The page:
Combine that with other long-term factors like melting land-based ice sheets, a weakening gravitational force of Greenland and Antarctic ice sheets as they melt, and a 17,000-year-old process called glacial isostatic adjustment — which causes land subsidence — and you have a recipe for accelerated sea level rise, according to Callahan.
The resulting shoreline erosion causes major ecological damage, which affects the tourism-driven economies of resort areas.
In Sussex County, up to 56 percent of state park lands and 99 percent of tidal saltwater wetlands are projected to be inundated by 2100, depending on how much sea levels rise. Between 79 and 357 miles of road are estimated to meet the same fate, according to 2012 projections by Delaware Department of Natural Resources and Environmental Control.
Gilliam said the Route 1 project is a good fix in the short-term. DelDOT is focused on preparedness: It is helping residents understand tidal events, and is even working with a state climatologist to develop an app for residents to monitor the tide.
It's also using grant funds from the Climate Framework for Delaware, which requires state agencies to address energy and climate impacts.
DelDOT was tasked with looking at ways to manage storm water runoff and combat coastal erosion.
Gilliam is part of the Coastal Corridor working group, which works with elected officials along the coasts — including Dewey Beach, Bethany, Fenwick Island and Lewes — to help towns define resilience on their turf and plan to make the corridor as a whole more resilient to climate change.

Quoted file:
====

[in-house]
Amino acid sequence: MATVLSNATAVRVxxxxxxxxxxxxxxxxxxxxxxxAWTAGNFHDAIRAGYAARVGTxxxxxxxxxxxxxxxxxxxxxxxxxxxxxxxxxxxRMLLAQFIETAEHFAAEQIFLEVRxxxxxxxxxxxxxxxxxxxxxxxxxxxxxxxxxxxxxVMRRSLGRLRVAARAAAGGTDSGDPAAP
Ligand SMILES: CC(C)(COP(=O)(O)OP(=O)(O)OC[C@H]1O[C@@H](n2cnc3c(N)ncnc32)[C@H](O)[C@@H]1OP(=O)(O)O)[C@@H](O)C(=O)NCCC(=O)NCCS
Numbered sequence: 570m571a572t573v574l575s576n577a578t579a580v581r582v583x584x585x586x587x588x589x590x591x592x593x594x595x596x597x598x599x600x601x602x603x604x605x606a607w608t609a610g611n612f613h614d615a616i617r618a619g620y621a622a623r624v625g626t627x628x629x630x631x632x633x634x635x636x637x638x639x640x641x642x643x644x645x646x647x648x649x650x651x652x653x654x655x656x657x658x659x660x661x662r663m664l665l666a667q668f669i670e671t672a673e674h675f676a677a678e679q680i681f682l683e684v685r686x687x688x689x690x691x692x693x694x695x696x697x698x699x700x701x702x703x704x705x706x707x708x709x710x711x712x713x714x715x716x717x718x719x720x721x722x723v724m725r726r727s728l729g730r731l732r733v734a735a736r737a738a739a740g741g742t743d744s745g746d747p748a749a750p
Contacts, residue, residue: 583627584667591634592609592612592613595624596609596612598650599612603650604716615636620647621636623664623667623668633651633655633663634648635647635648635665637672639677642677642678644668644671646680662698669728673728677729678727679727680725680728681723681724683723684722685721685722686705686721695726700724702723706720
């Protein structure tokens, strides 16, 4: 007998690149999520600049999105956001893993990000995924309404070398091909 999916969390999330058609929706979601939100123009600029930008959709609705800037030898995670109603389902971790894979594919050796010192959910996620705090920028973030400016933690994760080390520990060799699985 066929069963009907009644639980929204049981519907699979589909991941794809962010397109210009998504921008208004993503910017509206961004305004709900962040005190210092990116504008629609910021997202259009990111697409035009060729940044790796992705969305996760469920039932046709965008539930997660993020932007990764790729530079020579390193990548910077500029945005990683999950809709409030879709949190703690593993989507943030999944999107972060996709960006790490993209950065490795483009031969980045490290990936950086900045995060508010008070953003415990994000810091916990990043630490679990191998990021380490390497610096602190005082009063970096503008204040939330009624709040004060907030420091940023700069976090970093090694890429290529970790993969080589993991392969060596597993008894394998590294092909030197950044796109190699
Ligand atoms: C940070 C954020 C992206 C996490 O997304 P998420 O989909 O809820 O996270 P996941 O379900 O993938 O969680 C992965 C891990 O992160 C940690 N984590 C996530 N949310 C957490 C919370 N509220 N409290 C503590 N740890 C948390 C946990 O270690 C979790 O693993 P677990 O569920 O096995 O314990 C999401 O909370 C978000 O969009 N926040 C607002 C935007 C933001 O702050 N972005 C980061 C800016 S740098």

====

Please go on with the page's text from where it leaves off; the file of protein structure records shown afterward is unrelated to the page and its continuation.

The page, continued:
Beach replenishment is costly, so DelDOT is taking protective measures, including investing in green infrastructure like “living levies,” which help naturally restore and stabilize dune systems.
The Route 1 project is the detail, the necessary solution for current road improvements. But the big question, Bason said, is about investment in prevention — policies that keep people and infrastructure away from the coast.
“Most of the growth has been near the inland bays and on the water — those are vulnerable areas,” Bason said.
State transportation officials elevated flood-prone Del. 54, just west of Fenwick Island, near where Gulbronson lives.
"It's made a tremendous difference," she said.